It has been a rough couple of years for Cook Inlet fishermen. The Kenai River guide industry has been dealt a crippling blow by the ongoing decline in returning king salmon that is deterring visitors from coming...
...article has been corrected to correct the spelling of Layton Van Lier's name. During the seven-year period that the Kenai River Guide Academy has been mandatory for Kenai River guides the changing fishery has affected what people fish for, how...
Bruce Ewitt guided on the Kenai River for 11 years before he quit after the 2012 fishing season and shifted his efforts toward king salmon returning to the Columbia River.
The so called attempt to save the Kenai River king salmon on the backs of the eastside setnetters is the biggest boondoggle I've ever witnessed in my lifetime by the so called experts employed by the Alaska Department of Fish and Game. I was born here in Alaska in 1949, have spent almost all of my 63 years on the Kenai Peninsula involved in commercial fishing at some level from a very young age from drifting the Inlet with my Dad to running my own setnet site at Humpy Point, beginning in the 1950s through the present.
When the Alaska Legislature starts its session on Jan. 18, they'll begin to discuss a number of bills already filed that could affect residents and visitors on the Kenai Peninsula.
For the first time, every guide on the Kenai River this summer will need to have passed the Kenai River Guide Academy.
I expect Greg is sincere in his concern for the survival of Kenai kings, but, in my opinion, he needs to reconsider a couple of things.1- Let's stop pretending that over-escapement is a myth; there's too much credible biology to the contrary. Alaska salmon biology recognizes the consequences of putting too many salmon in a system with a limited nutrient source. This is science...not opinion.
On Aug. 16, my wife and I embarked on what we hoped would be an enjoyable day fishing for silvers on the Kenai River.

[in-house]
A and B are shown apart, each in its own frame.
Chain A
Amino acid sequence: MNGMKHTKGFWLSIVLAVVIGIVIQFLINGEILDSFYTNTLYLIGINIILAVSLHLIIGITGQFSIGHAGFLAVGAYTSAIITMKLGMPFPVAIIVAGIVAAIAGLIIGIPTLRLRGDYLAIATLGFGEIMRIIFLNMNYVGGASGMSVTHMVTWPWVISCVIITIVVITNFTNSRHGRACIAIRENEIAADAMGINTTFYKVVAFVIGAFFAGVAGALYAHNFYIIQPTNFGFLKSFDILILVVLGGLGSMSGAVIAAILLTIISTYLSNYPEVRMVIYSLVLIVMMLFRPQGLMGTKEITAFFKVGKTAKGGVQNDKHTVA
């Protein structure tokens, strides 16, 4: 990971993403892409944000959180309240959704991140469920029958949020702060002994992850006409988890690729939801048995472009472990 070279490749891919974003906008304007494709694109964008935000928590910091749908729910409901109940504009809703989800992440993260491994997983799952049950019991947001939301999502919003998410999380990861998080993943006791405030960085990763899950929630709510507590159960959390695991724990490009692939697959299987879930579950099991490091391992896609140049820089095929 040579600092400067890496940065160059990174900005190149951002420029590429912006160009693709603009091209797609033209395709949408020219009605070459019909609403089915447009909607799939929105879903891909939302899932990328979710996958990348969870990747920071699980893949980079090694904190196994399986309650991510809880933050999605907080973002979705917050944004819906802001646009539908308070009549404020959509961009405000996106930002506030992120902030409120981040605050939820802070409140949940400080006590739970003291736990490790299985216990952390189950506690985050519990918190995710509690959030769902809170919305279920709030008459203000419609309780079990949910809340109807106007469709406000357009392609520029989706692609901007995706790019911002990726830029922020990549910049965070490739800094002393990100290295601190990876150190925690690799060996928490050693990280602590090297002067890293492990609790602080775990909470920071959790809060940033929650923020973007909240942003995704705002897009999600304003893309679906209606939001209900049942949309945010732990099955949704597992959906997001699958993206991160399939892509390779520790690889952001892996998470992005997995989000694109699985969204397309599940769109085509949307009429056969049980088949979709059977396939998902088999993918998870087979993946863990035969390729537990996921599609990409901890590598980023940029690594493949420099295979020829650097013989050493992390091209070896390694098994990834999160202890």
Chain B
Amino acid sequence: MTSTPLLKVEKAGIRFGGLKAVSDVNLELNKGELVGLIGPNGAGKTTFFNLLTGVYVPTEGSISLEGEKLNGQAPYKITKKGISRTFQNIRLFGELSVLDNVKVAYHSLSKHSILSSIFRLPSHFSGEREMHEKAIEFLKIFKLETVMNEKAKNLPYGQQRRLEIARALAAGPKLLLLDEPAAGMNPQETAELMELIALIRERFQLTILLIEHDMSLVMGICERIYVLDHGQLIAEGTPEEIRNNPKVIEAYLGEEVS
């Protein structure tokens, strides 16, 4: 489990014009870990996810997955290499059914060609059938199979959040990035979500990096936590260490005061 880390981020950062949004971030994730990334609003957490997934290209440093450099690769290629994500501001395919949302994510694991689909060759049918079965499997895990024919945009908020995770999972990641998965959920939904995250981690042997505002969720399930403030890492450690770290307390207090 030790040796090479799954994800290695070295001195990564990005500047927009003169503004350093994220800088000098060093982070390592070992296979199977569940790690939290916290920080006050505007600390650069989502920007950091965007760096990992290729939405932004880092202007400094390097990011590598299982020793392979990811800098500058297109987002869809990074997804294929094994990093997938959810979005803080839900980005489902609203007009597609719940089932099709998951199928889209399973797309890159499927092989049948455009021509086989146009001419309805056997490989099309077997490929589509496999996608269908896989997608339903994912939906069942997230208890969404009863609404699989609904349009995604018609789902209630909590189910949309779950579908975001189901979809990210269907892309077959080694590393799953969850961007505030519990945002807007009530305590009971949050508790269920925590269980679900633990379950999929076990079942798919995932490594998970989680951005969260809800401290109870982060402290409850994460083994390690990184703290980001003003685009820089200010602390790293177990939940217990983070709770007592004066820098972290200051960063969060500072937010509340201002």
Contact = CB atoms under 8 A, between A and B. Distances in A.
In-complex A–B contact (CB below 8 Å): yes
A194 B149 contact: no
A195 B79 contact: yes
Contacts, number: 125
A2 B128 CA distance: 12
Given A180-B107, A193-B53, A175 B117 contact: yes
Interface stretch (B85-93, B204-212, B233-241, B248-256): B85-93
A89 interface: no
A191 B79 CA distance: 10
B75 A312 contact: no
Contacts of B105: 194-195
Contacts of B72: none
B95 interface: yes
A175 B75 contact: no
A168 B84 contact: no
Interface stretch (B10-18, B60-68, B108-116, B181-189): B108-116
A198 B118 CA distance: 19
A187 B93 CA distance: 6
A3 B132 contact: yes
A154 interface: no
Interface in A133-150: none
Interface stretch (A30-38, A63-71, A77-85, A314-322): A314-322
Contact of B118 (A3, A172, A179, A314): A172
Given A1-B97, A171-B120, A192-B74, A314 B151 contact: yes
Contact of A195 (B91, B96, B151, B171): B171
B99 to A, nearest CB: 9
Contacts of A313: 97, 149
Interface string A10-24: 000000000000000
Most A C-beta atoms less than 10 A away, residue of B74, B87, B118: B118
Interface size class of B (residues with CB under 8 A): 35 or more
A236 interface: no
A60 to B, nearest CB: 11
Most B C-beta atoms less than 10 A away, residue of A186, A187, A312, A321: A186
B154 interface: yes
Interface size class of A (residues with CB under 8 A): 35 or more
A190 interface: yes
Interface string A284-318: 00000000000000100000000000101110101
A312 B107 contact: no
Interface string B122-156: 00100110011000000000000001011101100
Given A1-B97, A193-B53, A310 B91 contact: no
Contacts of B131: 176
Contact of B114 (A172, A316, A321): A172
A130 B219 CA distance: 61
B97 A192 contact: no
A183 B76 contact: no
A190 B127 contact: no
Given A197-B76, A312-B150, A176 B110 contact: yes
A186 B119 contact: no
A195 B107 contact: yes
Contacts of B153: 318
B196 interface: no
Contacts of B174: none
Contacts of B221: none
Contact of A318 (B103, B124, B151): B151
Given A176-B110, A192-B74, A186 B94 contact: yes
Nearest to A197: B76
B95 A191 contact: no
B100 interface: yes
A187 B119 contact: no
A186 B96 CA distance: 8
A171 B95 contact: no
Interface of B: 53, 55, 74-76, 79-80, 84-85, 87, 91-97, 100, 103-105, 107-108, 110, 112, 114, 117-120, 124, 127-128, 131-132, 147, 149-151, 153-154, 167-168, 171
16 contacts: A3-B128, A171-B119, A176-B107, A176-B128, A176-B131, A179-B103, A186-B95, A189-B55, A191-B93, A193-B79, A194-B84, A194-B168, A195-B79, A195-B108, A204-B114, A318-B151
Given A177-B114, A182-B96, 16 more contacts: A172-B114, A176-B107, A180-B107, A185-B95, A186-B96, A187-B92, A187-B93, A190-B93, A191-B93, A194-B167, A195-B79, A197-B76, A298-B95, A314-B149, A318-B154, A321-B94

With a goal of introducing youths to the joys of fishing while providing an educational experience, U.S. Senator Lisa Murkowski hosted the second annual Kenai River Jr. Classic last week, in cooperation with the Boys & Girls Clubs of the Kenai Peninsula, The Kenai River Sportfishing Association (KRSA), Young Marines, and Big Brothers/Big Sisters of Southcentral Alaska. ?These kids had the time of their life catching silvers today. This event is living the motto of ?Caring for the Kenai.? As these young people participate in what the resource offers they understand the resource and the river itself. Having the opportunity to be out with guides who not only teach them how to be successful as an angler, but how to be successful in protecting the river, so the Jr. Classic with our theme: ?Take me Fishing? is really a win for the kids, who are making memories that will last a lifetime, and a win for all Alaskans as these young people learn to appreciate our environment,? Murkowski told the Dispatch.
Emotions ran high during a Friday town meeting at the Peninsula Grace Brethren Church in Soldotna where fishermen gathered to talk about economic disaster relief and hear Alaska Department of Fish and Game managers discuss the disastrous 2012 fishing season.
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